From fitness bands to brain activity-sensing headbands, wearable technology was one hot topic at Mobile World Congress 2015 (MWC), held March 2-5 in Barcelona with 86,000 visitors.
The wearables market is forecasted to grow from 22 million devices in 2014 to 135 million by 2018, according to research firm CCS Insight. By some estimates, wearable adoption is increasing at five times the rate for mobile phones.
Industry players joined host Brent Blum, Wearable Technology Lead, Accenture, on stage at MWC for a panel discussion about the implications of these trends and demonstrations of the latest innovations in wearables.
Fitbit makes health social
Fitness bands make up the fastest growing segment of the wearables market. But is this just a fad? Gareth Jones, VP & GM EMEA Sales, Fitbit, shed light on what’s driving this emerging market. Jones explained that manufacturers have only come to realize in recent years that the products must be easy to use and they must be able to integrate into the consumer’s life. “The minute it makes a difference in your life, that’s when you don’t leave home without it,” said Jones.
Fitbit used the occasion of MWC to put the spotlight on two of its latest products: the Fitbit Charge HR, used to measure heart rate, and Fitbit Surge, an advanced smartwatch that tracks training activities. The company reports having tremendous success with its campaigns, like Fitbit challenges and corporate wellness programs. Jones said that the social element and gamification of the challenges has given the brand its stickiness in the fitness band market segment.
Pebble Time Watch puts time in context
Pebble attributes the success of its smartwatches to its persistence in staying focused on what consumers really want from a watch: time and context. Founder and CEO Eric Migicovsky took the stage to announce the release of Pebble Time Steel. Backed on Kickstarter for $250, the watch ships in April. Pebble has built in a new hardware accessory port on the back of its watches for added capabilities to suit varying needs of the user throughout the day.
Swarovski’s Shine – the first solar-charging activity tracking device as jewelry
Fashion jewelry house Swarovski has entered the wearables market, bringing to bear its unique insights into an underserved target group: women. As Joan Ng, SVP, Product Marketing for Asia Pacific, Swarovski, said in the session, for women “look is sometimes more important than functionality.” In Swarovski’s focus groups, women continuously highlighted the need for choice and versatility in the appearance of a fitness tracker for them to truly value the device. Ng summarized Swarovski’s design challenge as “How can we make a woman truly wear an activity tracker all day?”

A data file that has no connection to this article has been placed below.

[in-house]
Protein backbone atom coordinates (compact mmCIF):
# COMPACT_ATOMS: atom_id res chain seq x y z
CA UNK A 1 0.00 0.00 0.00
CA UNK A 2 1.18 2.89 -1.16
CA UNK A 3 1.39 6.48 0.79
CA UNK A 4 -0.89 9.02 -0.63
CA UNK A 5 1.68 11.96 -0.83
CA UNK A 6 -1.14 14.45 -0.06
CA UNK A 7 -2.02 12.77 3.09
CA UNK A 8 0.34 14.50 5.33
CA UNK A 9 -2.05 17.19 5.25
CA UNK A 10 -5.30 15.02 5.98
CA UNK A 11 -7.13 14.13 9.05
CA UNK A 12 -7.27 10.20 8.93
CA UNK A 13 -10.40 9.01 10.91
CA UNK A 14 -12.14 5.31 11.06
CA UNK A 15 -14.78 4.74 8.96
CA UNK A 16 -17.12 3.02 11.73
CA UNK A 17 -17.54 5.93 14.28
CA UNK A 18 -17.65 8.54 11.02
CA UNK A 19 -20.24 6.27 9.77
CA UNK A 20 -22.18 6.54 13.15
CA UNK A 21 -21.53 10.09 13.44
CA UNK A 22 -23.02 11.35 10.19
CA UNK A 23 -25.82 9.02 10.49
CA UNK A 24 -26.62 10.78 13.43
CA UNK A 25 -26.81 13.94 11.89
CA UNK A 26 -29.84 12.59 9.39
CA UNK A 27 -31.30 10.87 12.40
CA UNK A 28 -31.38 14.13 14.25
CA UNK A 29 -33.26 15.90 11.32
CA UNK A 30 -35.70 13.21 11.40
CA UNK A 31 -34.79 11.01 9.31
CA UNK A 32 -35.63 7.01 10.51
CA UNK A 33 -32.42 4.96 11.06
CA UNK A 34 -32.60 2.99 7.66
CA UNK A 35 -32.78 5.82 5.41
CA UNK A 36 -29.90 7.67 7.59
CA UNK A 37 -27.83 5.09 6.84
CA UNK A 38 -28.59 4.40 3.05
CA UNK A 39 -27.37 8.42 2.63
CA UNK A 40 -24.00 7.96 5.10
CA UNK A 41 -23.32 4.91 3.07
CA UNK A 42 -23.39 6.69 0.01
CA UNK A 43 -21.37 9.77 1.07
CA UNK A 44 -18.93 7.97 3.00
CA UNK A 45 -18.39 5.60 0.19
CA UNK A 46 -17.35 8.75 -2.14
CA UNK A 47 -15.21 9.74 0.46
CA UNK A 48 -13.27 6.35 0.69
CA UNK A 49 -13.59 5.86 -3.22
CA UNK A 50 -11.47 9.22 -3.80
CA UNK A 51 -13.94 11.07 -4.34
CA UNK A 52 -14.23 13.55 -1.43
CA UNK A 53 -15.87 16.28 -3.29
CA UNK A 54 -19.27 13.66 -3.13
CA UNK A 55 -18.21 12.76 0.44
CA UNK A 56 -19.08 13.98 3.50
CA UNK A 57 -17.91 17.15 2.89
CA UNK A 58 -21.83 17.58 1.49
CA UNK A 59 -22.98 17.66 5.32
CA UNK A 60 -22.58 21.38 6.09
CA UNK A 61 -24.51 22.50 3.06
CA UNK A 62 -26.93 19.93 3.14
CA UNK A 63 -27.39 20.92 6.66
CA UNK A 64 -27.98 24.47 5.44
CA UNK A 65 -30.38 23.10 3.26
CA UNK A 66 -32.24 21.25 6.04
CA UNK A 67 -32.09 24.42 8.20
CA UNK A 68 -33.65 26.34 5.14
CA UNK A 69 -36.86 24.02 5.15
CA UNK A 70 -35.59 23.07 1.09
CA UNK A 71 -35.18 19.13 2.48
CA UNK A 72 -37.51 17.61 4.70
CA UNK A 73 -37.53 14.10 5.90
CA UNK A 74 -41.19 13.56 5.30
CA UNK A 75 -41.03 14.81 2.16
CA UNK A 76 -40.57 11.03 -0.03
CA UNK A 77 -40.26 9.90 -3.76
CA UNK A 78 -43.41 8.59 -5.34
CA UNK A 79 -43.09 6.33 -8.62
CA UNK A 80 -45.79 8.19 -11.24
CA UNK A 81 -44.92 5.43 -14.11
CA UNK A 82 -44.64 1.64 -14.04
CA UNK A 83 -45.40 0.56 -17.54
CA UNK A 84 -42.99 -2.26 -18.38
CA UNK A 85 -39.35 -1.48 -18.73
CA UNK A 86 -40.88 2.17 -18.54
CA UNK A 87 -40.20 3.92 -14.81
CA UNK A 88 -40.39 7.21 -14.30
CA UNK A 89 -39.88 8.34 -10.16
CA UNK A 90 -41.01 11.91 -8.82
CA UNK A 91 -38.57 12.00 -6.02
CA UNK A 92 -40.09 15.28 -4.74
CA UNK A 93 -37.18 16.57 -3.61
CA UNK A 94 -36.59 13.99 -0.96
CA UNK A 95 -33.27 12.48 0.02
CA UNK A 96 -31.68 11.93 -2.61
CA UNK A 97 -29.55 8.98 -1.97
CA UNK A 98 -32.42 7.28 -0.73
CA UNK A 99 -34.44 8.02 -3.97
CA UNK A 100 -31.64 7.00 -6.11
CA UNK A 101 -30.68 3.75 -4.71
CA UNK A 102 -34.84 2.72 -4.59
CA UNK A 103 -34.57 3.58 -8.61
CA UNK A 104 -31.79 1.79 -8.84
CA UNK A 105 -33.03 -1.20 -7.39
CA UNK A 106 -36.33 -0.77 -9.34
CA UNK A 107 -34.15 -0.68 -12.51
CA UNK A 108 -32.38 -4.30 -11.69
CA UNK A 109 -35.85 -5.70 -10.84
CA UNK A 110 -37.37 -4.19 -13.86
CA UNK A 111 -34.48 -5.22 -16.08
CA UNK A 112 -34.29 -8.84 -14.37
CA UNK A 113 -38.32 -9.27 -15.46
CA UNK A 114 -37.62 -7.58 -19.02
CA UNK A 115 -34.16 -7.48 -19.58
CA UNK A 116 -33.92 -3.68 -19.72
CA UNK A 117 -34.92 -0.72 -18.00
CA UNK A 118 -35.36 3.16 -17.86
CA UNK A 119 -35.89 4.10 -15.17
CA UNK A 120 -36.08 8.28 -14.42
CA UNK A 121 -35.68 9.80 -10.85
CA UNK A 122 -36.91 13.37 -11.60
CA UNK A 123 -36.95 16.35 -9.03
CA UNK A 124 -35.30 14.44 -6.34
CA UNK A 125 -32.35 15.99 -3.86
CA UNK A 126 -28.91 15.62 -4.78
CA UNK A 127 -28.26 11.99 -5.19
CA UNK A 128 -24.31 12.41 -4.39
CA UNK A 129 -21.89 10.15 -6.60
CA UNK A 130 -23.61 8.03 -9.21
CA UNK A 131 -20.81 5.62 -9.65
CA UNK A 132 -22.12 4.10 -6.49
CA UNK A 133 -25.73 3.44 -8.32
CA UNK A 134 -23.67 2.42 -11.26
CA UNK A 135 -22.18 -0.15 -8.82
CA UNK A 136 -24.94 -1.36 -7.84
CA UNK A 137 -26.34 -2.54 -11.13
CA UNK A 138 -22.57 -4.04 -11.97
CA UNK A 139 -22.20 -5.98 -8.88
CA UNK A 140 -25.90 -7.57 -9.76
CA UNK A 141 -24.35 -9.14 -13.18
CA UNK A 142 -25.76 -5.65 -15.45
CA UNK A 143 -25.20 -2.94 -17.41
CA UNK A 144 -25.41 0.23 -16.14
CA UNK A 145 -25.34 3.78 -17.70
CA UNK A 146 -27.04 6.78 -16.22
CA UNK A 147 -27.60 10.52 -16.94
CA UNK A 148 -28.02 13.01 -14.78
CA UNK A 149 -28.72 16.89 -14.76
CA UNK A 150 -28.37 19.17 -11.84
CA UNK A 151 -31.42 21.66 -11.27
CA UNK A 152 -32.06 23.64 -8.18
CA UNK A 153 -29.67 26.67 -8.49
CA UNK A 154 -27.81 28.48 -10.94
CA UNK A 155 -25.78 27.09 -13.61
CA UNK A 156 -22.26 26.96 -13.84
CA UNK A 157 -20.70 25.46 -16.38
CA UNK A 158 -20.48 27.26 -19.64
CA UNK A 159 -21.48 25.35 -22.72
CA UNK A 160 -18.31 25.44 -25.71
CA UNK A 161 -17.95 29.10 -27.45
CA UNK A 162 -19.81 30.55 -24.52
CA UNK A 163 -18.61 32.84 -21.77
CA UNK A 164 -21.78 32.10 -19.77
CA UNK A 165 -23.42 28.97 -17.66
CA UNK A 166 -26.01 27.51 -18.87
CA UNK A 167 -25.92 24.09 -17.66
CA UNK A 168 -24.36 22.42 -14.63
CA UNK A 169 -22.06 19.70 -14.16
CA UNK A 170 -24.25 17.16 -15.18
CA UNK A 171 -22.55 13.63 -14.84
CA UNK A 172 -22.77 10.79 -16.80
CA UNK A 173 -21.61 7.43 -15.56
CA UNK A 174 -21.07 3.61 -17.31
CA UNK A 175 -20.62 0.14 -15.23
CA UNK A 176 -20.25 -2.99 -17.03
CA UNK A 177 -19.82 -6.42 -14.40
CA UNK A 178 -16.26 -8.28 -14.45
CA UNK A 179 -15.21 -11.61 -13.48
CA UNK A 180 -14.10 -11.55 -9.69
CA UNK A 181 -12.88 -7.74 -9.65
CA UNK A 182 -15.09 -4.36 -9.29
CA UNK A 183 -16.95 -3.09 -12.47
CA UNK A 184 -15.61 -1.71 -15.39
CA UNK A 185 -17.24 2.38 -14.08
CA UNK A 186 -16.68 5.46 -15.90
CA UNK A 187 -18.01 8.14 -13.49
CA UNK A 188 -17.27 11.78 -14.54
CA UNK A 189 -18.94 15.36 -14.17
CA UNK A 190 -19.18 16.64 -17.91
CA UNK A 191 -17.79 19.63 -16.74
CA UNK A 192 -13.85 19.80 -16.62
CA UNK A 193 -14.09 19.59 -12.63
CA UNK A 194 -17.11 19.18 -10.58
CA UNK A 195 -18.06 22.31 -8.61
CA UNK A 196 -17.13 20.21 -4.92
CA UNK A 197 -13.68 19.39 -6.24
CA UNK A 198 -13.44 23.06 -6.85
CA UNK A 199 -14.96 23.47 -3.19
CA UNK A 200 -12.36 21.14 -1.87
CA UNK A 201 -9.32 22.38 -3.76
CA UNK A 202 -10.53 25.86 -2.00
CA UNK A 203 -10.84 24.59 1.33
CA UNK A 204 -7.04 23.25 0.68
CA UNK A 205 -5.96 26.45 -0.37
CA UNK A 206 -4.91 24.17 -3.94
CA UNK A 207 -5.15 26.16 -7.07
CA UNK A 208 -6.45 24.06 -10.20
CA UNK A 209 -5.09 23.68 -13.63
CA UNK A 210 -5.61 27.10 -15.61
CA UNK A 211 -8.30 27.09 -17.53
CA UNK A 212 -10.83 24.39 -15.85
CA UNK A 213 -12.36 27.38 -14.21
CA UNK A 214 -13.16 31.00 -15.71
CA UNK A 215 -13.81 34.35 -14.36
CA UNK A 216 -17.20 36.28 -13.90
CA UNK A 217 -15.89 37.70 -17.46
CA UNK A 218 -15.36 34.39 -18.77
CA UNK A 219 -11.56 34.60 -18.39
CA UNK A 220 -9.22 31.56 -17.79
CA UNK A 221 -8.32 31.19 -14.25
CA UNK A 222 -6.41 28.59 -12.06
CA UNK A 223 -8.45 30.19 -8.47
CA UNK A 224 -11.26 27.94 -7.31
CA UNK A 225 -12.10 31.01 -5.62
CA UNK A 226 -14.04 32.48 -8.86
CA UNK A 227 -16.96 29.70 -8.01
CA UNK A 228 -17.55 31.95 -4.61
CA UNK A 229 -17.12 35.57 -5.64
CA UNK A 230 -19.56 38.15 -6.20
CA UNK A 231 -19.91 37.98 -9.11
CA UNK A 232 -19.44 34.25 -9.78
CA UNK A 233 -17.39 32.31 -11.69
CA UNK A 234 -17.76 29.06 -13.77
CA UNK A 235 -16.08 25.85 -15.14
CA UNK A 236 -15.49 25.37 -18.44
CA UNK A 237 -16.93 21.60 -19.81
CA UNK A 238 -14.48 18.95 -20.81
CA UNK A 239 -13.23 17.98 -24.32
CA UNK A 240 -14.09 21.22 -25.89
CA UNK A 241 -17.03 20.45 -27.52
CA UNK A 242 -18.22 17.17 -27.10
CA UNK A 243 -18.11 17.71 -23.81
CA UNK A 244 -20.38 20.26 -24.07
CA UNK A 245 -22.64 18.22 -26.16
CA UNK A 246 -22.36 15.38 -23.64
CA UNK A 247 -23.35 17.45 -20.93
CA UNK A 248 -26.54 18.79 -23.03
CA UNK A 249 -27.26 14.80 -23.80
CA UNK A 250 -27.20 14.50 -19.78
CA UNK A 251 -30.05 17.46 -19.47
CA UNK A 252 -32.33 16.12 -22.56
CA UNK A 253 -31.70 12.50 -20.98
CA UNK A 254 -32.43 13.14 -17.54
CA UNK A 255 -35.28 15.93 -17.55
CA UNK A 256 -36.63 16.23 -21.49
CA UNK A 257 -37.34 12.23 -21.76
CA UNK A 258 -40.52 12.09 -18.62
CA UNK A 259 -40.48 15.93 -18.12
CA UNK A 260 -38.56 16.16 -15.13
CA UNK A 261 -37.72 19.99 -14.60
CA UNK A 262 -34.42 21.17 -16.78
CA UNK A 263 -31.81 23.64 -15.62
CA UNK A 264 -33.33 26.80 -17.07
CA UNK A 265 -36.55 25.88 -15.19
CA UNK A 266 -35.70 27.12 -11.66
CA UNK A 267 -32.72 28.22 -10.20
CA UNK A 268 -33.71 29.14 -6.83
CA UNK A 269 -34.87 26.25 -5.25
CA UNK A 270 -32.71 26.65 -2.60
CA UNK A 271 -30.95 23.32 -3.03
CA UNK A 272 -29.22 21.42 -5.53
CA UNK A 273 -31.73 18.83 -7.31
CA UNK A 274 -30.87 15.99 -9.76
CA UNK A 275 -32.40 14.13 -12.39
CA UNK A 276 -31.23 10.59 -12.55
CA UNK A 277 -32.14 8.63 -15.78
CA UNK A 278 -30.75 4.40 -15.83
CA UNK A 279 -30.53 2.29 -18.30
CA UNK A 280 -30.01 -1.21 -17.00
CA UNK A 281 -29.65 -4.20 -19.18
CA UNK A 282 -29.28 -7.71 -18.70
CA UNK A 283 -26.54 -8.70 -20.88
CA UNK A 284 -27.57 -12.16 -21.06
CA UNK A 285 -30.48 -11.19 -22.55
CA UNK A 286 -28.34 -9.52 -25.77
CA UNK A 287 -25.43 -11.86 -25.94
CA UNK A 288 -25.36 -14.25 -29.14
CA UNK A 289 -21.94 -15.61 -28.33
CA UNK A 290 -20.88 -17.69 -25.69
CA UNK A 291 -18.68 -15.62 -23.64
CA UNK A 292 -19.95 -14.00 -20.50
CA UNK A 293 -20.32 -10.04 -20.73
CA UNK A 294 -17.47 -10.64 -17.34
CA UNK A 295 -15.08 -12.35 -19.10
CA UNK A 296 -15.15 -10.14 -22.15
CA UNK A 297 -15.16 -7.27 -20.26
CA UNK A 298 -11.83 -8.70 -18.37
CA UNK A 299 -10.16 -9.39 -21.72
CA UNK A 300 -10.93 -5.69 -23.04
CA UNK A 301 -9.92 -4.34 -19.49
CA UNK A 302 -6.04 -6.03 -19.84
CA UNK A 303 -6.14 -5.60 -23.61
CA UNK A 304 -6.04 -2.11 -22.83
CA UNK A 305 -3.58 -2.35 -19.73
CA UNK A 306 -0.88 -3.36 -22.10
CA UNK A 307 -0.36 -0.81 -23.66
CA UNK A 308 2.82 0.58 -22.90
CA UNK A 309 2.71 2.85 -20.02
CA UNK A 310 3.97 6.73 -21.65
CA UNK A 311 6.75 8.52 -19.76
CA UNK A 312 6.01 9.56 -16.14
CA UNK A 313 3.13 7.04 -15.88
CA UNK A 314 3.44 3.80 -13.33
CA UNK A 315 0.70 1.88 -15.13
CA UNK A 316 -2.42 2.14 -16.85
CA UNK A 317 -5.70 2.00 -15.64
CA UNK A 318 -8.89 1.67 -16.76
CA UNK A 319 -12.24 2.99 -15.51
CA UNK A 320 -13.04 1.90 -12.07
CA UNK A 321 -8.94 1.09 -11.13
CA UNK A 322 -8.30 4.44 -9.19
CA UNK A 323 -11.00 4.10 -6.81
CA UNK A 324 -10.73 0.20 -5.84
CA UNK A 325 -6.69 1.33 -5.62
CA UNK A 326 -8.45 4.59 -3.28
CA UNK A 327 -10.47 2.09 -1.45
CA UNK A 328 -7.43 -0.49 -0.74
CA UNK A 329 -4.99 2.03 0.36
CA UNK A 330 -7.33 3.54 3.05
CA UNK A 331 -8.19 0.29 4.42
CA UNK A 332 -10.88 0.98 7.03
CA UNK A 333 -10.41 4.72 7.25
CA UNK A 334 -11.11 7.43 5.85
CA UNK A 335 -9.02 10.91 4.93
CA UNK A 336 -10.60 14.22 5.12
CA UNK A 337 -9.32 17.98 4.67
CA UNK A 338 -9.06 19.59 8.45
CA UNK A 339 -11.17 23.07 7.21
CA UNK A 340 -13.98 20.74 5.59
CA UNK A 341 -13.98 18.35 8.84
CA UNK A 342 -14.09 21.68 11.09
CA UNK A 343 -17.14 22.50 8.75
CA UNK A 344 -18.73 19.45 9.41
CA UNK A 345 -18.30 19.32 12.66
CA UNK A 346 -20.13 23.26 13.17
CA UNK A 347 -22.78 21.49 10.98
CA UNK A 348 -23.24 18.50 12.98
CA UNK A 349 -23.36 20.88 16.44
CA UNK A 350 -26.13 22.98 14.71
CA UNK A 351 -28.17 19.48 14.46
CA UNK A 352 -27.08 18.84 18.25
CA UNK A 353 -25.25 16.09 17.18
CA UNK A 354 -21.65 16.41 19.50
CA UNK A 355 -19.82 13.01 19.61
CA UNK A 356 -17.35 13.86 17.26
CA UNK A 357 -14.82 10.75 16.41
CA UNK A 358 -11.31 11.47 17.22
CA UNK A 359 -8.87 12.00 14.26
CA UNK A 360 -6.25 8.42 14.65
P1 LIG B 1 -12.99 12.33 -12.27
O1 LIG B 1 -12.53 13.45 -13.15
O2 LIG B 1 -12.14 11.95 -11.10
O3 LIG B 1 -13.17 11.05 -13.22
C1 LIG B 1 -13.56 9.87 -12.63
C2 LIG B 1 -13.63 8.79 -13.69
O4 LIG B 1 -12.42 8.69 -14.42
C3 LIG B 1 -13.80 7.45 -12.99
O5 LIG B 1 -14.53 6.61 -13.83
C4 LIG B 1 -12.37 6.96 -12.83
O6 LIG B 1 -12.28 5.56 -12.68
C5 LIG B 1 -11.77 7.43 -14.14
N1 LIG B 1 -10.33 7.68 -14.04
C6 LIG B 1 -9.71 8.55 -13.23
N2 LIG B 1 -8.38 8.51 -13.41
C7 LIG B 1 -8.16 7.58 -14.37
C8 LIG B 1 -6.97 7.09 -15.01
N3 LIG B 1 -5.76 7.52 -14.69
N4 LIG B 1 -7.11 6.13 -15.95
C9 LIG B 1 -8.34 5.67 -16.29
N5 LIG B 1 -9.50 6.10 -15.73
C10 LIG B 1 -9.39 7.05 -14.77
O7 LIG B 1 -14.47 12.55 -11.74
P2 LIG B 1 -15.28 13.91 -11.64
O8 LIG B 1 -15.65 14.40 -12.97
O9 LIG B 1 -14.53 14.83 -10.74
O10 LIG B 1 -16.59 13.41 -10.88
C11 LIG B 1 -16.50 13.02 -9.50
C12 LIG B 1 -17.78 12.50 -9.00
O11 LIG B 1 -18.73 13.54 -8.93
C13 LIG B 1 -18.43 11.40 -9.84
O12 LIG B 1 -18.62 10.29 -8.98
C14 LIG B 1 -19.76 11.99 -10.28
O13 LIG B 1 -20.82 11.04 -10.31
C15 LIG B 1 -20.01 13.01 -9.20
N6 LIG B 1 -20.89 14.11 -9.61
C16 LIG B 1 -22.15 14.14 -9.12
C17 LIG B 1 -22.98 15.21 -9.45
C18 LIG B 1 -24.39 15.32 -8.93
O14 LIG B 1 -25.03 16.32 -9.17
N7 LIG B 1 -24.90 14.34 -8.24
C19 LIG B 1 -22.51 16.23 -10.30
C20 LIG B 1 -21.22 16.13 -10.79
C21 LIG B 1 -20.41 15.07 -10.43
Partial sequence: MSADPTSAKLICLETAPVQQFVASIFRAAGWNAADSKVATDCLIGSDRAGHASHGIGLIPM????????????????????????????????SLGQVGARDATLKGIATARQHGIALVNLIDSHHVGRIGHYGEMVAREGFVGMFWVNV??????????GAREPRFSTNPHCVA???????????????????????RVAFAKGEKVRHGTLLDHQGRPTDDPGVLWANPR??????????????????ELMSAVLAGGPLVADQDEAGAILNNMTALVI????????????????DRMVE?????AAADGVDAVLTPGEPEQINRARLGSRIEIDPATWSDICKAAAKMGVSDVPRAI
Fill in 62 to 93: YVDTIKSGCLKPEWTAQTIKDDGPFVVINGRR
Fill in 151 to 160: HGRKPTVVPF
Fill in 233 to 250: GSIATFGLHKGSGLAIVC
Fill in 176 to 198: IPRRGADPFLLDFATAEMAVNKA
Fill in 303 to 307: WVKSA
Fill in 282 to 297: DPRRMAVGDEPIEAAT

In response, Swarovski partnered with Misfit to develop not just one product, but an entire collection based on an interchangeable energy crystal that can be easily switched from one jewelry setting to another depending on the occasion and what a woman is wearing. The product will be available in select markets at the beginning of April, with a solar chargeable version coming out by the end of the year.
Muse Headband – a fitness tracker for your brain
“A fitness tracker for your brain matter” is how Ariel Garten, Muse Founder and CEO, describes the Muse’s brain-sensing headband. Encompassing everything from managing stress and sleep loss to mindfulness and staying sharp in age, the brain health industry is a $6 billion business. The Muse headband, designed to be light and unobtrusive, fits gently across the forehead. It enables users to read the activity levels of their brain matter so that they can train their brains towards calmer and more productive habits. The product is available on Amazon in the U.S. and Canada, and will be coming soon to Europe.
SAP teams up with swisscom for predictive maintenance in the enterprise
Enterprise business software firm SAP has placed its bets on wearables taking off fastest in enterprise settings – where function matters most, especially for improved efficiency, safety, and compliance. Josh Waddell, Vice President Mobile Innovation Center, SAP, and Jürgen Winandi, Head of SAP Integration, swisscom took the audience through a predictive maintenance scenario on the SAP HANA Cloud Platform that gets a boost from wearable technology. For a service technician who needs to work on a critical part in an industrial setting, smart glasses enable the technician to access all relevant data about the part while keeping both hands free to perform the actual work.
A showcase highlighting SAP’s real-time predictive maintenance scenario was on display at the SAP booth in Hall 6 at MWC. SAP showed the demo with a prototype of the Samsung Gear S smartwatch, pictured above.
If you weren’t able to attend this panel event, you can still follow the conversation and see pictures of these products on Twitter at #MWC15WEAR
Photo source: j. prause